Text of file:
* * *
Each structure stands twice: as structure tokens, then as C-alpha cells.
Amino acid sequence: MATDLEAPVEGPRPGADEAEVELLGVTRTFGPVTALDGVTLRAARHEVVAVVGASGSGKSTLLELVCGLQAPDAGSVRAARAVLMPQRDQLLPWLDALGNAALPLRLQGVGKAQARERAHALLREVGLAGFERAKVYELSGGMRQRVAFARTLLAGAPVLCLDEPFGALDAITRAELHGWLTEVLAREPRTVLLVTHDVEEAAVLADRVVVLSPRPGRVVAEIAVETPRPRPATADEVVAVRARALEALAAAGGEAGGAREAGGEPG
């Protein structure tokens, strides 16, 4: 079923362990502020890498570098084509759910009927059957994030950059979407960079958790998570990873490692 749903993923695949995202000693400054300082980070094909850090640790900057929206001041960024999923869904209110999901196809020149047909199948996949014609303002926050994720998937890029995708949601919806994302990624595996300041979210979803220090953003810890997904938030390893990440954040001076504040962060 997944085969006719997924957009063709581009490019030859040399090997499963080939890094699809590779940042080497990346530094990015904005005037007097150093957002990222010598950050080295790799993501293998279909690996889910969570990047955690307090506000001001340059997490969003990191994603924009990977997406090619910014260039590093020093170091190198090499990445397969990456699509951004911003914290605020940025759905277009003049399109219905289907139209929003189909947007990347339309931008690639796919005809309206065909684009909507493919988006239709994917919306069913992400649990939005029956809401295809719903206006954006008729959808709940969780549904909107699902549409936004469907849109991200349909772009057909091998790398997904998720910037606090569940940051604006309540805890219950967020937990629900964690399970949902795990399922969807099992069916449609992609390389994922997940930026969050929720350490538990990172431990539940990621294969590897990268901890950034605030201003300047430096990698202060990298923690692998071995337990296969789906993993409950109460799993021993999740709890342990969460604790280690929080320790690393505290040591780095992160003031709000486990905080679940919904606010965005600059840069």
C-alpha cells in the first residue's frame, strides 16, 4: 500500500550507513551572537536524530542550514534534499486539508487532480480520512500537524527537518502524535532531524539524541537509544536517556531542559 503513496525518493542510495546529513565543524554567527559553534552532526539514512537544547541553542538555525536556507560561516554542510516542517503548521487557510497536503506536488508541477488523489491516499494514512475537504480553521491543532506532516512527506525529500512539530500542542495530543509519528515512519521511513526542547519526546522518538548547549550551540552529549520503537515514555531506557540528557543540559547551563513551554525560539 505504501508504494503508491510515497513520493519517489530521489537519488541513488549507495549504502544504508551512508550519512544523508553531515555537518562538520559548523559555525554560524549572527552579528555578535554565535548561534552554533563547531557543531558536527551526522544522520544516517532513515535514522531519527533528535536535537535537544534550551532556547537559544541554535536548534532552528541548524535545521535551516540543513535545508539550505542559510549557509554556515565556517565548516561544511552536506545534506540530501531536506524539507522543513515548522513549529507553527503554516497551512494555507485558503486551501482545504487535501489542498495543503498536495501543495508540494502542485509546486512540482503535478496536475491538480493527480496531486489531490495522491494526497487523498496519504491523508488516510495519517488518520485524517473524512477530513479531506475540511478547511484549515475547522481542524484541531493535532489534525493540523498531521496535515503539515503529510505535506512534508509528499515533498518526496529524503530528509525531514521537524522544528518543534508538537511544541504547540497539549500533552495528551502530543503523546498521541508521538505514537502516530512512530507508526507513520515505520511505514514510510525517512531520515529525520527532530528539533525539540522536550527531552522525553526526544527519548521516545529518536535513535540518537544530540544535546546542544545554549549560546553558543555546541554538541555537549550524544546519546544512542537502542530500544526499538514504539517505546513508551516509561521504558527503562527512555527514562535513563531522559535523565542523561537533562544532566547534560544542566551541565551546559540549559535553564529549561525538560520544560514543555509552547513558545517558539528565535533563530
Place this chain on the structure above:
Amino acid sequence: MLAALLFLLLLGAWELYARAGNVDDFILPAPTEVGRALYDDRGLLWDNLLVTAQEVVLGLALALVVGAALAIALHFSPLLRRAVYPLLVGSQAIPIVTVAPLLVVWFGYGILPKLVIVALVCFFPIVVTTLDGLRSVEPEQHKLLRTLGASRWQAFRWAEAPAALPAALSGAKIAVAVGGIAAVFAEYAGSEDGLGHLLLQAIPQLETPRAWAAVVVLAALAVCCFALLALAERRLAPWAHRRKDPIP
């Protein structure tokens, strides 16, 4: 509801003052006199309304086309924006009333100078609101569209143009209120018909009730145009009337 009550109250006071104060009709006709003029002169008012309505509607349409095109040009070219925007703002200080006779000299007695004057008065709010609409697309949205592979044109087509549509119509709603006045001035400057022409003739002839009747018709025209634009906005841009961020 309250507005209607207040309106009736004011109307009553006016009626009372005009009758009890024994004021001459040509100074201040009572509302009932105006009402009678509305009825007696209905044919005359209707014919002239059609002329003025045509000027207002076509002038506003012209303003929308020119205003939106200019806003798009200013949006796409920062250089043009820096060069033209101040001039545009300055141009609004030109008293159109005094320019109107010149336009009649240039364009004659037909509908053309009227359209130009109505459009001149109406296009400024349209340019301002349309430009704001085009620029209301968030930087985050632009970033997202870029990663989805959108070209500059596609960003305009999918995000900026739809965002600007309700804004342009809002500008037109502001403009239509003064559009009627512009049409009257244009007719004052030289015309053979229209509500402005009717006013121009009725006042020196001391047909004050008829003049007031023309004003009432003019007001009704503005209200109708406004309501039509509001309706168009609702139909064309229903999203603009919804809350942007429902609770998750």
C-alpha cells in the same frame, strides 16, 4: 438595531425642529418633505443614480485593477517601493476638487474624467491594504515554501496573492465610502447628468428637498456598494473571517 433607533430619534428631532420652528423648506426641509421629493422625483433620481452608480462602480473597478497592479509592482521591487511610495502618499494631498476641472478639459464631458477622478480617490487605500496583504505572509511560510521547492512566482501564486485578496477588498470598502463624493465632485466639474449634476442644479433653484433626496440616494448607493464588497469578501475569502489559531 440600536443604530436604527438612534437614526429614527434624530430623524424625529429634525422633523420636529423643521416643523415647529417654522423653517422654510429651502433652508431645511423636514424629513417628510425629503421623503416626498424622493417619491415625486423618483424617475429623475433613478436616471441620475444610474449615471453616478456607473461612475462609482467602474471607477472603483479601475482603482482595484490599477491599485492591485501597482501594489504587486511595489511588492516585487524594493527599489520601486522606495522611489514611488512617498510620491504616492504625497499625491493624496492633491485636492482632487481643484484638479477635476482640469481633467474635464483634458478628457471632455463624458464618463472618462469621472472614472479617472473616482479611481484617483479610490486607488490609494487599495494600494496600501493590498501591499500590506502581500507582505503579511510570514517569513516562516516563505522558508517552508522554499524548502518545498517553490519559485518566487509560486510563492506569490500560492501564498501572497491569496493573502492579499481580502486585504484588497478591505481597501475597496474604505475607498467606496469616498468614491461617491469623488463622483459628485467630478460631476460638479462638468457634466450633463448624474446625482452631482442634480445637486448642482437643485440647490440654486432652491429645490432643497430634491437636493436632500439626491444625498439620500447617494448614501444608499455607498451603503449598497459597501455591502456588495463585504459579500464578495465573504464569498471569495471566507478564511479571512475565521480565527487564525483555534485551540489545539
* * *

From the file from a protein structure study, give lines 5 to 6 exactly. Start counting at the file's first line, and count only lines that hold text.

Place this chain on the structure above:
Amino acid sequence: MLAALLFLLLLGAWELYARAGNVDDFILPAPTEVGRALYDDRGLLWDNLLVTAQEVVLGLALALVVGAALAIALHFSPLLRRAVYPLLVGSQAIPIVTVAPLLVVWFGYGILPKLVIVALVCFFPIVVTTLDGLRSVEPEQHKLLRTLGASRWQAFRWAEAPAALPAALSGAKIAVAVGGIAAVFAEYAGSEDGLGHLLLQAIPQLETPRAWAAVVVLAALAVCCFALLALAERRLAPWAHRRKDPIP